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Ulla Heikkilä • Director of Eden

“Spirituality lives in all kinds of beauty rather than in churches or fear”


- We chatted to Ulla Heikkilä, the director of Eden, currently in Finnish cinemas

Ulla Heikkilä • Director of Eden

In her debut feature Eden [+see also:
interview: Ulla Heikkilä
film profile
, now in Finnish cinemas with Nordisk FilmUlla Heikkilä presents a group of teenagers sent off to a Christian confirmation summer camp. Predictably, not all are thrilled, but by the end of the week, they might find out something new about themselves – after all, God works in mysterious ways.

Cineuropa: Watching Eden, I realised I got used to seeing negative takes on religion – especially when it comes to its effect on children. But in your film, these camp leaders are not villains.
Ulla Heikkilä: Villains, in general, aren’t interesting to me. I would rather see something good in everyone, and something bad in everyone. I want to show the multitudes of truth – that’s why there are so many main characters in the film.

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As for religion, I love the drama of it: the rituals, the language. It’s like entering an enchanted forest – there is a cross, golden ceilings, angels and people speaking in tongues. It just appeals to me. I don’t belong to the church but I am spiritual and I found spiritual comfort in Christianity on several occasions in my life. My grandmother, whom I loved very much, was Laestadian: it’s this big, conservative Finnish movement. I sort of inherited a part of that religion I think. Then, when I went to the confirmation camp myself, I was very critical towards the whole institution. I was asking questions, and nobody would give me any answers or reasons to stay. So I left. My relationship with the church and with religion is rather complicated, but this question of faith is still important to me. I wanted to approach it with respect, not just negativity. Also, because it would have made for a boring film!

When you describe the church as “dramatic,” it’s very fitting – after all, teenagers are dramatic too. Do you find attempts to “modernise” the church interesting?
There is some comedy in them, but I would rather have the church that goes “yeah, gay rights are important!” rather than “they will all go to hell.” I researched it a bit and it’s a very real thing in the Finnish Church: there is a conservative side and a liberal side. It’s nothing new – in the 1970s, my father had a “rock priest,” with long hair and playing Led Zeppelin on his guitar. I was fascinated by the ways in which the church is opening up, like by having a class about sex, for example. I went to my first confirmation camp in 2003, so it was very different. Then a few years later, the first class I attended there was about sex and they had a Pride flag on the wall. Even though we like to laugh at these attempts, I was happy for the kids. I think that during this whole process, my view of the church has become a lot more positive.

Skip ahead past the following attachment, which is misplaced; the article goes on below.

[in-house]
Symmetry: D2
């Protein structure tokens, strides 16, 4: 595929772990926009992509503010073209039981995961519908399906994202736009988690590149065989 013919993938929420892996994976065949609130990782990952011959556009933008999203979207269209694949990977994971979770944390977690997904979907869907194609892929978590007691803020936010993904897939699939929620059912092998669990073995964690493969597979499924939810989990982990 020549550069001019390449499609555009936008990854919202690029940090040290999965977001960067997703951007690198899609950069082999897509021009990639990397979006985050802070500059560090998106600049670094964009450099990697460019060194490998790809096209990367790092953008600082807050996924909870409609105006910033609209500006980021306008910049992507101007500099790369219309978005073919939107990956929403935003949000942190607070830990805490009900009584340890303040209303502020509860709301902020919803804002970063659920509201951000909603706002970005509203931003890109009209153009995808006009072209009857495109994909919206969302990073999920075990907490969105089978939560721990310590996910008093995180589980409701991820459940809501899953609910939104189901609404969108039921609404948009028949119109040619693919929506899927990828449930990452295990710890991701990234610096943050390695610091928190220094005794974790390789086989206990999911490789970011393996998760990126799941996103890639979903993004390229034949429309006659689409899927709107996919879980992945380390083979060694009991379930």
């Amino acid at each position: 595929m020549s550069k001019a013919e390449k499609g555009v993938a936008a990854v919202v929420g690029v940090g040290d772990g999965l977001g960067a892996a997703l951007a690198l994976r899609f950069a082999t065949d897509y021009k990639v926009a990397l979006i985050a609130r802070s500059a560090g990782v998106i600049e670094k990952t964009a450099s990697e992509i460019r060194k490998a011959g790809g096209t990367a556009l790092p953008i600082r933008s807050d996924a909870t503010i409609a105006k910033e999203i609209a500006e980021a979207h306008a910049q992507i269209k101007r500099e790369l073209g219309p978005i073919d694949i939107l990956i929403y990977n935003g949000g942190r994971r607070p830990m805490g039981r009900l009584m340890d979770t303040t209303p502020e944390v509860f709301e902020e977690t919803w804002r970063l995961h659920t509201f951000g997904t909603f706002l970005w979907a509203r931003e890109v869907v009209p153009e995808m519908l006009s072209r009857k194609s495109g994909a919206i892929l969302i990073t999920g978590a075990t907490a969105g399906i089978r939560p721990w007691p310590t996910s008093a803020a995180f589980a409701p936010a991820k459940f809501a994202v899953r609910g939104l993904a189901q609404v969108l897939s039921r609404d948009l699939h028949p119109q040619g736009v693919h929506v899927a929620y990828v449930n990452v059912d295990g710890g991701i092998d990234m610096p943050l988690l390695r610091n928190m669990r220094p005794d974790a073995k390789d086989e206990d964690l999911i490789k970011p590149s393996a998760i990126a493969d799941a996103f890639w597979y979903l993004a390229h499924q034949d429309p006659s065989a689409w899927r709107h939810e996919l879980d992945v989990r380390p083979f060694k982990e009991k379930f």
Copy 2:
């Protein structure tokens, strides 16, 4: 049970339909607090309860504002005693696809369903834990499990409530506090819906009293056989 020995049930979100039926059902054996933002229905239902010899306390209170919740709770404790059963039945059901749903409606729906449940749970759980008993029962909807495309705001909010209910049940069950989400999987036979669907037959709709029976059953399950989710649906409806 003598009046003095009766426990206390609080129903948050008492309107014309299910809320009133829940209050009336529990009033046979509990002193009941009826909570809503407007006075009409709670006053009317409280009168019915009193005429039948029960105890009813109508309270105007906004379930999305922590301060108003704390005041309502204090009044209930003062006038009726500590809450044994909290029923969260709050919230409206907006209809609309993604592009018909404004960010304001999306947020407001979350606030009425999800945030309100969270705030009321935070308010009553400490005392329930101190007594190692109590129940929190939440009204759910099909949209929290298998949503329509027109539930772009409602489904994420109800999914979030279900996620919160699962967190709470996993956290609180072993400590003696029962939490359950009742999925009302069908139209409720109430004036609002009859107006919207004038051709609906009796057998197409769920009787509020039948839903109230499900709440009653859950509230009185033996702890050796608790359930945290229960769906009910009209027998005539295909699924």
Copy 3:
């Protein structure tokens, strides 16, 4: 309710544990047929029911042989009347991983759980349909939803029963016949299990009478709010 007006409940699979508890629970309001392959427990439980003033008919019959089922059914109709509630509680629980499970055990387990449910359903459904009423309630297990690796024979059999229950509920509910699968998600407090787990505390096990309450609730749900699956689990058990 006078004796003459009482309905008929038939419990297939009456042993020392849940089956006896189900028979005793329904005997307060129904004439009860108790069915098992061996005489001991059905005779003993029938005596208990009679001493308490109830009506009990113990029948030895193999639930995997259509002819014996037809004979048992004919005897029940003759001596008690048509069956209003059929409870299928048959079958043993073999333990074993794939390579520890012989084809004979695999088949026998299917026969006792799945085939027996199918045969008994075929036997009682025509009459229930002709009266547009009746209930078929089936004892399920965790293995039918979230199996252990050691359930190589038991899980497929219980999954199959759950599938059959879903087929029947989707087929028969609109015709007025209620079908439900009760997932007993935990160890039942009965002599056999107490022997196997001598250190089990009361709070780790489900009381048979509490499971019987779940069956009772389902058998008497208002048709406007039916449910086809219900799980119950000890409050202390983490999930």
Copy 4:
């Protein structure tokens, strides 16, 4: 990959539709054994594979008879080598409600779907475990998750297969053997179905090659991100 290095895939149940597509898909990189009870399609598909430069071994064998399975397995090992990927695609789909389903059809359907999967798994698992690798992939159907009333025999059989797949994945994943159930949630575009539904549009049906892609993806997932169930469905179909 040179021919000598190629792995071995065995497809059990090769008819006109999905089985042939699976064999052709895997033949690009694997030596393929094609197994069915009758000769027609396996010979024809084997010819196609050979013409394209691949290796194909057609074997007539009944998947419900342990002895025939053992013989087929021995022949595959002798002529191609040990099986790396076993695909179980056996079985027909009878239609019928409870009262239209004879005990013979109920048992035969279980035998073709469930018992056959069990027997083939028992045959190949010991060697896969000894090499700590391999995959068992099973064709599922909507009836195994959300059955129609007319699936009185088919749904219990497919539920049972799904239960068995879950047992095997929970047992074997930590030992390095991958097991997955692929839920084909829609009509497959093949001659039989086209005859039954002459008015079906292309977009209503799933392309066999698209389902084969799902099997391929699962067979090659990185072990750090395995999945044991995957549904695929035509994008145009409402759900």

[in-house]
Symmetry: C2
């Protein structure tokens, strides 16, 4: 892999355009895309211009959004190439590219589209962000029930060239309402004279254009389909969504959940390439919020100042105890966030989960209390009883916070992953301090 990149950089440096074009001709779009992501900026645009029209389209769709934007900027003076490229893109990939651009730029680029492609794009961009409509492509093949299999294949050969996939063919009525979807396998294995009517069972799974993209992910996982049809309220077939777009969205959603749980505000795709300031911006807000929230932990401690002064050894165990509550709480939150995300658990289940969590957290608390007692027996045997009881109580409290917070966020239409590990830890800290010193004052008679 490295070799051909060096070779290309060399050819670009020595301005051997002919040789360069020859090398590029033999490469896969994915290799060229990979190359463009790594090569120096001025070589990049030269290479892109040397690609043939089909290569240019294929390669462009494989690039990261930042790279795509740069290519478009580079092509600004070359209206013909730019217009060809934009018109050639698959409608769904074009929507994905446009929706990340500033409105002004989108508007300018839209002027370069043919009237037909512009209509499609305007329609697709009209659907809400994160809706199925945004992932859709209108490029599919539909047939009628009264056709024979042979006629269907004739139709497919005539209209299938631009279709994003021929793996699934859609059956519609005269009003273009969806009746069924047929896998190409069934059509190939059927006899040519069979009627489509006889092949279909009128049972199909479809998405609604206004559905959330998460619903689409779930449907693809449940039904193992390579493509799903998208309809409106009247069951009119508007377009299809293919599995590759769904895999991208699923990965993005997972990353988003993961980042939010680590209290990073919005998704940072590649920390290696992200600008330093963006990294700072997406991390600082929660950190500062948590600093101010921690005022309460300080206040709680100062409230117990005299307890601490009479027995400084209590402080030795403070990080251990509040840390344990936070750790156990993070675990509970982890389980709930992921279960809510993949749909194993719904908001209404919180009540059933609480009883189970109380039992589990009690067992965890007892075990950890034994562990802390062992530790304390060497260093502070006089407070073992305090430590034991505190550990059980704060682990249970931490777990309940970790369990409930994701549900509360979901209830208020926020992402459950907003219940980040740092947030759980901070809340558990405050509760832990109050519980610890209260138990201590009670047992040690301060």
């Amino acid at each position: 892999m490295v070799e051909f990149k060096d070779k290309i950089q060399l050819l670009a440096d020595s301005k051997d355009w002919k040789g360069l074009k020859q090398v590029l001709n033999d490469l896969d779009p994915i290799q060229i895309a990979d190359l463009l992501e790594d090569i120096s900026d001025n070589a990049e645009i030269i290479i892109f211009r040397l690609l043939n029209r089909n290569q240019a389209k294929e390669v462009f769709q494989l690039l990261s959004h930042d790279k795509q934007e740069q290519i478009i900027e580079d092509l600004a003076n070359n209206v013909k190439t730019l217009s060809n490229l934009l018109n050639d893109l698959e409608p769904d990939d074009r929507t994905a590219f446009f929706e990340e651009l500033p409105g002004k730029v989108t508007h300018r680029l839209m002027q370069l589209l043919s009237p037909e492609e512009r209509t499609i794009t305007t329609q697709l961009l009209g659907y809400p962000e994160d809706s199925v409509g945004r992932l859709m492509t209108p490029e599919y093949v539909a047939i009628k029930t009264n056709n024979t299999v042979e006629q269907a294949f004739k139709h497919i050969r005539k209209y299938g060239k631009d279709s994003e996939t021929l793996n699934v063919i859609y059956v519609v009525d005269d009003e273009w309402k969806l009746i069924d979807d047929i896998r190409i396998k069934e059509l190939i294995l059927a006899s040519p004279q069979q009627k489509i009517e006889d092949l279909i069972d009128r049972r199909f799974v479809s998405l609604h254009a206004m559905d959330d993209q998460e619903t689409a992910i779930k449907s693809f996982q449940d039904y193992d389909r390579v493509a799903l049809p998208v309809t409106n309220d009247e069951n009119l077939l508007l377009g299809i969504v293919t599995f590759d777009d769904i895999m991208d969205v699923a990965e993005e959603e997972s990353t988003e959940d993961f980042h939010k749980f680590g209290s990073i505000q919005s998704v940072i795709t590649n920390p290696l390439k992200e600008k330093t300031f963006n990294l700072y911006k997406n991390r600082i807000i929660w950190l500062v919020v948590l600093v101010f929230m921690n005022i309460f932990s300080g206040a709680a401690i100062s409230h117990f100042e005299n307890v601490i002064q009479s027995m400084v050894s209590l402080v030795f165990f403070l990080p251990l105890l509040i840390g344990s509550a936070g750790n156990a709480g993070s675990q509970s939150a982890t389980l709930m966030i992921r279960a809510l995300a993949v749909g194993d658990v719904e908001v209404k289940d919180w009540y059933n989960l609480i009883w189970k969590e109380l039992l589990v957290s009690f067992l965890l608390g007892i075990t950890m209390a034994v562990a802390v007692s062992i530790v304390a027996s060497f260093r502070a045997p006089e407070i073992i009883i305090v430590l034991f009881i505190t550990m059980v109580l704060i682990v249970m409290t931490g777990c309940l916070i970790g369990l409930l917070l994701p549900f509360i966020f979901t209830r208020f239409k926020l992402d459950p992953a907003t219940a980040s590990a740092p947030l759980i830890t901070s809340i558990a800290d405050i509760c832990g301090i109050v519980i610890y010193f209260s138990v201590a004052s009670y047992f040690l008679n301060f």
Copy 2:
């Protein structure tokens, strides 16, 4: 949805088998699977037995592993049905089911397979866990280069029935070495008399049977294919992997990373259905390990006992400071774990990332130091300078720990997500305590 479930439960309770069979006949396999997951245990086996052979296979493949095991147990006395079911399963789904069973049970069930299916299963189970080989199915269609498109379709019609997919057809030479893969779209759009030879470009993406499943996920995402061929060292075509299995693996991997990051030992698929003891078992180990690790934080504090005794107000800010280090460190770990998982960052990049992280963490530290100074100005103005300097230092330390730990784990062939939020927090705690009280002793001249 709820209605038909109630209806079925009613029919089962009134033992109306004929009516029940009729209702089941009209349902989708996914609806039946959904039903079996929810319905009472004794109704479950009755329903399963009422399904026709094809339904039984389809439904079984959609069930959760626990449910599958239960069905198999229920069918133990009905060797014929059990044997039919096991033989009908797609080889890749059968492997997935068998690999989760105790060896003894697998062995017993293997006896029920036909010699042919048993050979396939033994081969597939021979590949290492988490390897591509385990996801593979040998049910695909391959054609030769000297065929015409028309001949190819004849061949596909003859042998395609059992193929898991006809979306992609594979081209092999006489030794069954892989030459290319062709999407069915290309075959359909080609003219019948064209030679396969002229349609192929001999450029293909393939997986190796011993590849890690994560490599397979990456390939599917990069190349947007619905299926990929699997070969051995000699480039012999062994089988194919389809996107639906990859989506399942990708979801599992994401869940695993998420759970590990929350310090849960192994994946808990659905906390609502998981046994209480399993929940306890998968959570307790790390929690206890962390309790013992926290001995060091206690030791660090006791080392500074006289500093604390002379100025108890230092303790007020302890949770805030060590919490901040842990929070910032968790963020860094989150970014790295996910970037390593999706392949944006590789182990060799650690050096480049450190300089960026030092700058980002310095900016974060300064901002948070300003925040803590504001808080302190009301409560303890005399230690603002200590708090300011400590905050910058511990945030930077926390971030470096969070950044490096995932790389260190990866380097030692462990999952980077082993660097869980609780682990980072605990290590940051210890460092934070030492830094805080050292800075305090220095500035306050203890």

It’s always fun to observe teens interact in an isolated space. Here, it’s an island – there is no escape, so one is talking about Neruda and the other brags about having sex.
This camp lasts just for a week, and they all come from such different places. I wanted to see them all mix, ending up with something else from their everyday life. The “queen” of the whole school suddenly goes: “I am not the queen of this camp? What?!” She goes into an existential crisis, because maybe it means she won’t be popular everywhere she goes. The other one, who has always pretended she doesn’t need other people, starts seeing that other people can be smart, even if they disagree with her, they can be valuable and beautiful. I was interested in seeing how these revelations can affect them.

And yet it’s the adults who really seem to have lost their way, starting with the young female pastor. This confirmation is also for them in a way, just to stop for a second.
And think about their children. Look at their children. Who became such beautiful, unique people that probably had a very interesting week you will never know anything about, and five seconds ago, they were just babies in your arms and you knew their every thought.

With Tiina (Satu Tuuli Karhu), I was interested in the idea that the young one would be the conservative one, because it’s something that happens quite often in the world. When I went to the camp a few years ago, I was with a small group of people, talking about Easter. They didn’t really know the story behind it. I went: “What? You can’t live in this society without knowing this story by heart!” And then: “Wow, that’s an interesting reaction coming from someone who claims not to be religious.” She wants to bring religion back to the church. Less games, more prayers – that would be her way. She is looking for religious ecstasy, but her ways of going about it are wrong, because hanging people by their wrists from a tree is just not cool. She is trying to make them “see.” My actual discovery was that spirituality lives in people, in animals and in nature, in all kinds of beauty rather than in churches or fear. Real magic lives in the ordinary.

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